If you look in the rearview mirror, that's January you will see
quickly receding from view. Before it fades completely from sight,
here are a few of the month's highs and lows to jot down in your
travel news diary:
High: A coalition of travel agents and community and consumer
groups forms to lobby the government on consumer-related,
Low: A record 2,116 traditional, full-service travel agency
locations voluntarily shut down last year, an analysis of ARC
High: Radisson Seven Seas Cruises announces plans to build a
720-passenger, all-suite vessel for delivery in February 2002.
Low: Snow, ice and rain -- one or all, depending upon where you
live -- foul up travel over the New Year's weekend.
High: California police nab two suspects in a series of armed
robberies of Los Angeles-area travel agencies.
Low: Royal Caribbean scuttles three more sailings of its Monarch
of the Seas, bringing the total number of canceled voyages to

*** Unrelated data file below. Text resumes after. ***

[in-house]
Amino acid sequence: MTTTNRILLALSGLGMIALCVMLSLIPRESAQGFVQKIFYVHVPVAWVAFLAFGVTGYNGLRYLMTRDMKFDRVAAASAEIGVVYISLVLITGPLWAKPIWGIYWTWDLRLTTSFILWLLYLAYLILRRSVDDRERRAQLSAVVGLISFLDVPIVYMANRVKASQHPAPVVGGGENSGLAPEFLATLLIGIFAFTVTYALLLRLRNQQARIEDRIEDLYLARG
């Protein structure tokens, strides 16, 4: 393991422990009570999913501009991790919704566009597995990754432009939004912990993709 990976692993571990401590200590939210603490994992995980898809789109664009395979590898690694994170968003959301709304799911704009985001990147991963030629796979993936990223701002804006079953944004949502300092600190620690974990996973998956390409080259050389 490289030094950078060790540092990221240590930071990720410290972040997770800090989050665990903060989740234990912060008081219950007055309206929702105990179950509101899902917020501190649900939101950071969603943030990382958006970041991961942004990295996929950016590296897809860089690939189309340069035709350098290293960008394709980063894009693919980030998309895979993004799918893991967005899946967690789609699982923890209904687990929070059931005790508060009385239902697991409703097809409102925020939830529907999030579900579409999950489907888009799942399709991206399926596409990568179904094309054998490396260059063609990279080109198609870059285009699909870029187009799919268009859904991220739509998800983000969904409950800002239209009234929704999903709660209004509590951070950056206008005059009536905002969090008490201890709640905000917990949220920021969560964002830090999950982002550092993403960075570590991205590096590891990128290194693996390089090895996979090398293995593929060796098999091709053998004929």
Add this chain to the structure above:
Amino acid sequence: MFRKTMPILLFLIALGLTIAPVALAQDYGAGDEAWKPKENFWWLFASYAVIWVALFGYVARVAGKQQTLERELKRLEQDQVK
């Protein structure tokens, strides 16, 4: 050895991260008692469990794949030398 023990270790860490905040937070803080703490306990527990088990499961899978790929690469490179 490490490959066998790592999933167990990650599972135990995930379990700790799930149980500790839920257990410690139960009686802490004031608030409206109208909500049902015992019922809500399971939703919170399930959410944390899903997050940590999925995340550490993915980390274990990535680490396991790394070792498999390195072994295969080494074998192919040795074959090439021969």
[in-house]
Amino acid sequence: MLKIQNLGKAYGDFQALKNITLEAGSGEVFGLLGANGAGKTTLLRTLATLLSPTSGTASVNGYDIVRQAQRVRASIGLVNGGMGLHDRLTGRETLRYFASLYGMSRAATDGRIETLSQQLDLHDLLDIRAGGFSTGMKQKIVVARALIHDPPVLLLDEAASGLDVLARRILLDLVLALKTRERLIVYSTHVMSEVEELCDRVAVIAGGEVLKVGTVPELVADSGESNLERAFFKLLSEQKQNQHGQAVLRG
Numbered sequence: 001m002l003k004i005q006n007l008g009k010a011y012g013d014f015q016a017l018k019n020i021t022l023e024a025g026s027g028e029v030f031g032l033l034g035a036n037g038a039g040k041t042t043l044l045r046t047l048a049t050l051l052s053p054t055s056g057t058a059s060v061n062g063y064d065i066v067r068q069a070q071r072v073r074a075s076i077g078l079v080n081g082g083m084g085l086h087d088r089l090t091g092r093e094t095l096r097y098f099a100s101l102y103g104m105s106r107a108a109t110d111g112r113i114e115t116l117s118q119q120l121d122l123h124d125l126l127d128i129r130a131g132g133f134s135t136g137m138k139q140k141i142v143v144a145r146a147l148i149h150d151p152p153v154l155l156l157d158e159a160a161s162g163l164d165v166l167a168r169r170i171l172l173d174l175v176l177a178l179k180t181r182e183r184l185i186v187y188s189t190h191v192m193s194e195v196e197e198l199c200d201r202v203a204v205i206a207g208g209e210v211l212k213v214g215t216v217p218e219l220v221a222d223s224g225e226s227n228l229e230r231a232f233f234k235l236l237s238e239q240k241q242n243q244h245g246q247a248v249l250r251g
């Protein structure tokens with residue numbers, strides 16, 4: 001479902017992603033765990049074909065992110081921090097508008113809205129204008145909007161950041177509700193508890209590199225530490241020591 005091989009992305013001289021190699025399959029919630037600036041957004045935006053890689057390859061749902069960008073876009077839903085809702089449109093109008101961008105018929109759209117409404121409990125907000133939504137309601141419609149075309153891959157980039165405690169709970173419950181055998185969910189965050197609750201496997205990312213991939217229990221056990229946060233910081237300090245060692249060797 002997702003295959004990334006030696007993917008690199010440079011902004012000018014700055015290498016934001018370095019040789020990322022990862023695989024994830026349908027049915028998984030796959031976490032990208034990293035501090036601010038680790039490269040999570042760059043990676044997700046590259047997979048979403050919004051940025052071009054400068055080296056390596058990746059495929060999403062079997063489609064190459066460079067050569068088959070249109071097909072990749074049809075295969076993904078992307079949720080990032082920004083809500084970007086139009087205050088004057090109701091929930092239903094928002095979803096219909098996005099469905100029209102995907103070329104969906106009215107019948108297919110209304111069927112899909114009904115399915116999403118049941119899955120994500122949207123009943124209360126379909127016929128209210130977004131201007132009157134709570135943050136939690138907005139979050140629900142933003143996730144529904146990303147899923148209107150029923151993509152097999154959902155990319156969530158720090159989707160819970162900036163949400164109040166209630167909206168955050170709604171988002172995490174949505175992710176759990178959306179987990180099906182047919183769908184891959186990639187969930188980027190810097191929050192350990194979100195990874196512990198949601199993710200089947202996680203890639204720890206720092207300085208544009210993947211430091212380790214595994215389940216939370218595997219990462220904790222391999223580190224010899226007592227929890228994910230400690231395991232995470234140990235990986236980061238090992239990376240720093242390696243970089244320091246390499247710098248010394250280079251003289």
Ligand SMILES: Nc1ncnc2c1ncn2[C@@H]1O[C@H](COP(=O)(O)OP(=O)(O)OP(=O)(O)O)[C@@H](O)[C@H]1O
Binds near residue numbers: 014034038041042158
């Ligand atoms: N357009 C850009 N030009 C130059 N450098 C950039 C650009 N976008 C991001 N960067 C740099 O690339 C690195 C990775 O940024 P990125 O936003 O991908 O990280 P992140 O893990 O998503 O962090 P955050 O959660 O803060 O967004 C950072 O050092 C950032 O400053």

High: The euro makes its debut, ushering in a common currency
expected to benefit commerce in general and travel in
Low: California travel agencies and tour operators learn they
must ante up $103 each to supplement the state's consumer
High: A firm headed by Peter and John Ueberroth reveals plans to
purchase the airline-owned SatoTravel.
Low: ARC says it will impose a minimum charge of 70 cents to
process agents' service fees of $20 or less.
High: Bruce Nierenberg announces his return to Premier Cruises,
the line he cofounded in 1983.
Low: Delta imposes a $1 surcharge on every published domestic
fare component not booked through its SkyLinks Web site.
High: Delta withdraws the surcharge almost two weeks later,
citing "competitive reasons."